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SCHOLAR Conference 2011 - Innovative Delivery of Higher and Advanced Higer - Workshop Part 1
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SCHOLAR Conference 2011 - Innovative Delivery of Higher and Advanced Higer - Workshop Part 1


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Virtual classrooms and online student support

Virtual classrooms and online student support

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  • Some pupils had done Int 2 two years ago but had not had this consolidated the following year as there was no Computing teaching being done in school.
  • Transcript

    • 1. Delivering Higher Computing At Borders College By Hybrid Learning Using H/W SCHOLAR and GLOW: Lessons Learned
      Russell Taylor
      Computing Lecturer
      Borders College
    • 2. Background
      Early May 2010 – College agrees to deliver Higher Computing on a ‘hybrid’ basis on behalf of Borders Schools to allow wider range of pupil choices using GLOW and H/W SCHOLAR as a ‘pilot’
      Hybrid – defined as a mixture of e-learning and on-site attendance (Blakesley 2004)
    • 3. Planning
      Late-May 2010 - Planning begins to ensure that:
      All appropriate software and infrastructure issues are identified and planned for resolution
      Pupil timetables are synchronised as much as possible to allow full attendance at planned in-College and weekly online GLOW Meet sessions
    • 4. Mode of Delivery
      In College – 11 occasions – 4 full days and 7 half-days
      Weekly online session using GLOW and SCHOLAR
      E-mail support – as required
      Full-time access to Scholar
      Other Lecturer-supplied materials also used to complement Scholar’s content
      Student access to WWW
    • 5. Expectations
      Work in partnership with Schools / Local Authority/ Heriot Watt
      Well-motivated pupils
      Access to relevant hardware – PCs in quiet space, Head/mics, etc.
      Access to relevant software – Visual Basic.NET
      Availability of web-based applications
      Current Browser with Plug-ins installed required for GLOW and Scholar
      Ability to work from school and home
      In-College access to systems similar to school and home.
    • 6. Actual Experience
      Insufficient time for planning available
      Software issues took longer than anticipated to resolve (Firewalls)
      Pupils took longer than anticipated to install software at home
      affected progress through Units – especially Software Development
      Timetables not synchronised
      only 1 school participated online (9 pupils)
      Motivation of pupils not always evident
      GLOW availability/functionality not as reliable as expected
      SCHOLAR receiving mixed results from pupils
    • 7. Academic Outcomes
      13 pupils enrolled from three schools
      furthest located 20 miles from College Campus
      5 completed (38%)
      4 of this 5 failed Prelim - 4 also did poorly in SQA coursework task
      Much poorer than Faculty average – over 80% achievement
      Feedback from those leaving the course varied:
      1 joined Navy in February – long-held ambition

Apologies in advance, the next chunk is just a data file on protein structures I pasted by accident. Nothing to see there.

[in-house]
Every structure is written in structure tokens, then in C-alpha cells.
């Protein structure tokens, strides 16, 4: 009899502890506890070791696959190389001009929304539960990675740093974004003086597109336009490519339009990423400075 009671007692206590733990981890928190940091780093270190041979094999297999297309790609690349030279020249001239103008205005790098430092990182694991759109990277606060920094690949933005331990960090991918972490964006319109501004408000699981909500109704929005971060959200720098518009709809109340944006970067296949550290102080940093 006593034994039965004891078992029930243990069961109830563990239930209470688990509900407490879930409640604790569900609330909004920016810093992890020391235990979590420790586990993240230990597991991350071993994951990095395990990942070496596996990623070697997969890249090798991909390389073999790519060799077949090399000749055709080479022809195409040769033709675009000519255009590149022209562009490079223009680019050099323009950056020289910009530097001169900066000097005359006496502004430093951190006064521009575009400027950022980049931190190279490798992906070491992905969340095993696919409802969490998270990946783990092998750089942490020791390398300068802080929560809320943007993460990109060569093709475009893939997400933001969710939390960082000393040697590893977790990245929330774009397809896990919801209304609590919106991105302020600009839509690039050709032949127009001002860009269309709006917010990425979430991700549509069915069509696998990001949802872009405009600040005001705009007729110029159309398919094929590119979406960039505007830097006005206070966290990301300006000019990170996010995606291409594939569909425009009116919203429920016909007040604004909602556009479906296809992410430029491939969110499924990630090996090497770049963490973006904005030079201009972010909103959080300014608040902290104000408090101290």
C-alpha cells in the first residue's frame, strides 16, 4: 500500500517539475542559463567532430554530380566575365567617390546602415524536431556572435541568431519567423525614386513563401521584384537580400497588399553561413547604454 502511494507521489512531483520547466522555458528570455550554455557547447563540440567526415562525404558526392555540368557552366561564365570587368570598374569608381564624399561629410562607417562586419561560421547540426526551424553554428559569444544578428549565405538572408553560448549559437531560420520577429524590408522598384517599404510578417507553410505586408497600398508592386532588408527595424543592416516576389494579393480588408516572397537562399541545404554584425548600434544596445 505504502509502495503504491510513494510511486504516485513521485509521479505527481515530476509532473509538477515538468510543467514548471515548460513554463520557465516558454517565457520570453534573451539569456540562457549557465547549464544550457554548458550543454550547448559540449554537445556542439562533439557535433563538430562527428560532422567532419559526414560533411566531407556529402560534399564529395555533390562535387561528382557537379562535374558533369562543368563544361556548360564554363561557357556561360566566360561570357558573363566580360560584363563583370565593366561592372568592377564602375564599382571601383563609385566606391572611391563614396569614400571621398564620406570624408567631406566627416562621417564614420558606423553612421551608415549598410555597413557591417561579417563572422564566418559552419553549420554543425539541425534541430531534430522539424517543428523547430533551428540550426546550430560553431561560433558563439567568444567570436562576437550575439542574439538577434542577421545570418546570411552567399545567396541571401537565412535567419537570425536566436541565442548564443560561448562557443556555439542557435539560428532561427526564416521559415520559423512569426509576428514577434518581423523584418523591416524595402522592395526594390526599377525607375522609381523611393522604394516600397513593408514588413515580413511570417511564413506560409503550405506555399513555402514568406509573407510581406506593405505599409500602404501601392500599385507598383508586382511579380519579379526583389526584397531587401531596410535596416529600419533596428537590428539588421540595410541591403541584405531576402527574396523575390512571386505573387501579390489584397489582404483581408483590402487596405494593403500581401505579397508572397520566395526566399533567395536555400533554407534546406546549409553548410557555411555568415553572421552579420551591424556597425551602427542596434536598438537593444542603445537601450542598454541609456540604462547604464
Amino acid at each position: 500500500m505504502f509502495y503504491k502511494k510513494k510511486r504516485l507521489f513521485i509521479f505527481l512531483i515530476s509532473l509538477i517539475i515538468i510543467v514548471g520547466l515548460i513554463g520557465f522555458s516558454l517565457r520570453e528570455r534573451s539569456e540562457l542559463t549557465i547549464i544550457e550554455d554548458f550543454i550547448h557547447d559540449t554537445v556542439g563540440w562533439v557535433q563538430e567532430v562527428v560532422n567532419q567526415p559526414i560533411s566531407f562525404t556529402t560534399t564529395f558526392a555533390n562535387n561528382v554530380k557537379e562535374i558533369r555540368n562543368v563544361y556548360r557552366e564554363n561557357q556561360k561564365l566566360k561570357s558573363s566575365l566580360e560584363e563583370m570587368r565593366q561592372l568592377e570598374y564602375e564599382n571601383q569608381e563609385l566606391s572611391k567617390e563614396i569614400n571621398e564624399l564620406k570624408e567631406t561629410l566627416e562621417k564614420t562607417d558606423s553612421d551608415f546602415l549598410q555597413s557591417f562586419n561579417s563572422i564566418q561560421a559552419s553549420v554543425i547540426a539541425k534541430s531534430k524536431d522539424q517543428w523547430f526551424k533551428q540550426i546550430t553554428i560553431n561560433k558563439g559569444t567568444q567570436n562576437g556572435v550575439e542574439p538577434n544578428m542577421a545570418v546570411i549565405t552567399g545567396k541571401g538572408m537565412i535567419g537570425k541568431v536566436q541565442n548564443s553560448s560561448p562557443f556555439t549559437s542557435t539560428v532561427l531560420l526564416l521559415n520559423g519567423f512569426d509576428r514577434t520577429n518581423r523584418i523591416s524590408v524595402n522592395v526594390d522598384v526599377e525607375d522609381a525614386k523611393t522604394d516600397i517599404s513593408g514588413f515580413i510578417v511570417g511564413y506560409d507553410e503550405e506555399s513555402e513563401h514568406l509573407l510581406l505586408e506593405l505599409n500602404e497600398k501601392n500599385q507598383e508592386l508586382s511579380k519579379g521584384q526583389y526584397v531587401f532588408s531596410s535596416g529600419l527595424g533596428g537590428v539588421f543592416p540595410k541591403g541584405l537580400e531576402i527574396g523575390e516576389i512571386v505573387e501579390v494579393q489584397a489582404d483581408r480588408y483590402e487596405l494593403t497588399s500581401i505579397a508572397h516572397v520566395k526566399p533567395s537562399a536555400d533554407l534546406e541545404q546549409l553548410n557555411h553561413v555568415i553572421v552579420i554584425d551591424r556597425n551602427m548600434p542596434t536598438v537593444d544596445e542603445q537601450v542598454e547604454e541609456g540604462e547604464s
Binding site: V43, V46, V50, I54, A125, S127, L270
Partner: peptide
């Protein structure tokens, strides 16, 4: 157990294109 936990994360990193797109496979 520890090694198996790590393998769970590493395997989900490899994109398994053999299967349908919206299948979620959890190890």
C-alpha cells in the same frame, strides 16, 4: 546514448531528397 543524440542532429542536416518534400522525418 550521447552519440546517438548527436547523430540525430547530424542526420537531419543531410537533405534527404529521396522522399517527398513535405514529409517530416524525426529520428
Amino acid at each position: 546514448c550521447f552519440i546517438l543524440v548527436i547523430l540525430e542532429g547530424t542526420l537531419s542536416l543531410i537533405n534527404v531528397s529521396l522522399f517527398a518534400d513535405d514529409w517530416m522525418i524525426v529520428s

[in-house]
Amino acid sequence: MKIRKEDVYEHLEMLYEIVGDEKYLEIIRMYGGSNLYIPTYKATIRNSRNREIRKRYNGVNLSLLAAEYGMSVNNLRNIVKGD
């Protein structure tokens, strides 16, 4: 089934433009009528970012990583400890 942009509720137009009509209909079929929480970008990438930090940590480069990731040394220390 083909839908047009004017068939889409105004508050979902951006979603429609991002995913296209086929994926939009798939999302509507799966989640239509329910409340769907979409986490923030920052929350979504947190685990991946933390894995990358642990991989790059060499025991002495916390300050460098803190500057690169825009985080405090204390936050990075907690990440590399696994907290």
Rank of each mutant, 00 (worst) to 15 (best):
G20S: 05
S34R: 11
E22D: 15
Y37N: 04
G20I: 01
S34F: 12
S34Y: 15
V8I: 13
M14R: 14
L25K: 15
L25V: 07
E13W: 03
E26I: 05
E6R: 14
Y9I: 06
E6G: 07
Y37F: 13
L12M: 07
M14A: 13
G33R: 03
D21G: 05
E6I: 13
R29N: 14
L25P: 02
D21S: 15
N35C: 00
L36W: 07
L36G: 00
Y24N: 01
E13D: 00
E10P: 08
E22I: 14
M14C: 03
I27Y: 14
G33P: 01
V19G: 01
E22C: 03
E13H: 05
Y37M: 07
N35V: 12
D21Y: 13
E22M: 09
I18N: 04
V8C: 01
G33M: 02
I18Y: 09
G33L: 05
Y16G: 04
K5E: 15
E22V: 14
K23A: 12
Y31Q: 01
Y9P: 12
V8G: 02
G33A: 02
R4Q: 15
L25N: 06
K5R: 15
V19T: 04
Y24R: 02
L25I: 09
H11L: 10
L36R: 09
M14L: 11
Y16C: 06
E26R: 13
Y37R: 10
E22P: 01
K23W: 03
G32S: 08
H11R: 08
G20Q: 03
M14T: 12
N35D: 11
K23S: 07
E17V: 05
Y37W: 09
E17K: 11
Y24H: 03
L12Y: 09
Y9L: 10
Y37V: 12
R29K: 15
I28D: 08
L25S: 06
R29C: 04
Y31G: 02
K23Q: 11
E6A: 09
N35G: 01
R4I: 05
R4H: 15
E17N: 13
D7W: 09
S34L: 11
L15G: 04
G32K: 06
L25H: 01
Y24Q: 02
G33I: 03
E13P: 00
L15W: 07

5 withdrew during Software Development Unit as “did not need HC for Uni”.
      1 was withdrawn for insufficient progress (but did need the Higher for future career pathway)
      1 failed to respond when asked
    • 8. Pupil Feedback - Technology
      GLOW Meet initially viewed positively
      Once all plug-ins installed and tested
      ‘Novelty’ factor soon wore off as:
      System became unreliable for sound transmission from March 2011 onwards
      Problems arose installing plug-ins at home on Windows 7 64 bit PCs and laptops
      Pupils did not like hearing themselves!
      SCHOLAR viewed relatively positively with some areas of course-text less well developed that expected
      e.g. Fetch-Execute Cycle picked out for criticism
      Some of the language structure and technical content seems much higher order than expected for a SCQF Level 6 course.
    • 9. Pupil Feedback - Organisation
      Bus journeys ‘long and tiring’ – early morning journey on Tuesdays
      Scheduling of in-College sessions ‘confusing’
      Alternating between Wednesday afternoons and Tuesday mornings at Schools request
      Some teachers marking attendances at College as ‘unauthorised absences’
      Rooms allocated at school for online sessions not always suitable – e.g. shared spaces in Libraries.
      More ‘hand-on’ teaching preferred
      especially for course-work tasks
    • 10. Lesson Learned
      More planning and liaison required over:
      In-college sessions – how many, how often, when scheduled
      And on an on-going basis as issues arise
      More technical testing required – in school, in college and at students home
      Development of common platform of software needed – schools and Colleges
      Some development of Scholar content required
      E-tutoring skills different from in-class teaching and these need recognised and developed
    • 11. E-tutoring Skills
      Under-recognised as different from in-class teaching
      Perhaps devalued as a result – but needs developing
      Body language is important in a classroom – not available online - webcam a poor substitute for being in the room
      Need techniques to substitute for non-verbal clues from pupils
      Development of questioning techniques vital – to test engagement as well as understanding
      Short exercises (10 mins) with student feedback, useful and aid interactivity
      Preparation is vital – always have a plan B when the technology fails!
    • 12. Do it again?
      With careful planning
      Better partnership working
      Motivated pupils
      Reliable technology
      Good preparation
      and with the benefit of experience: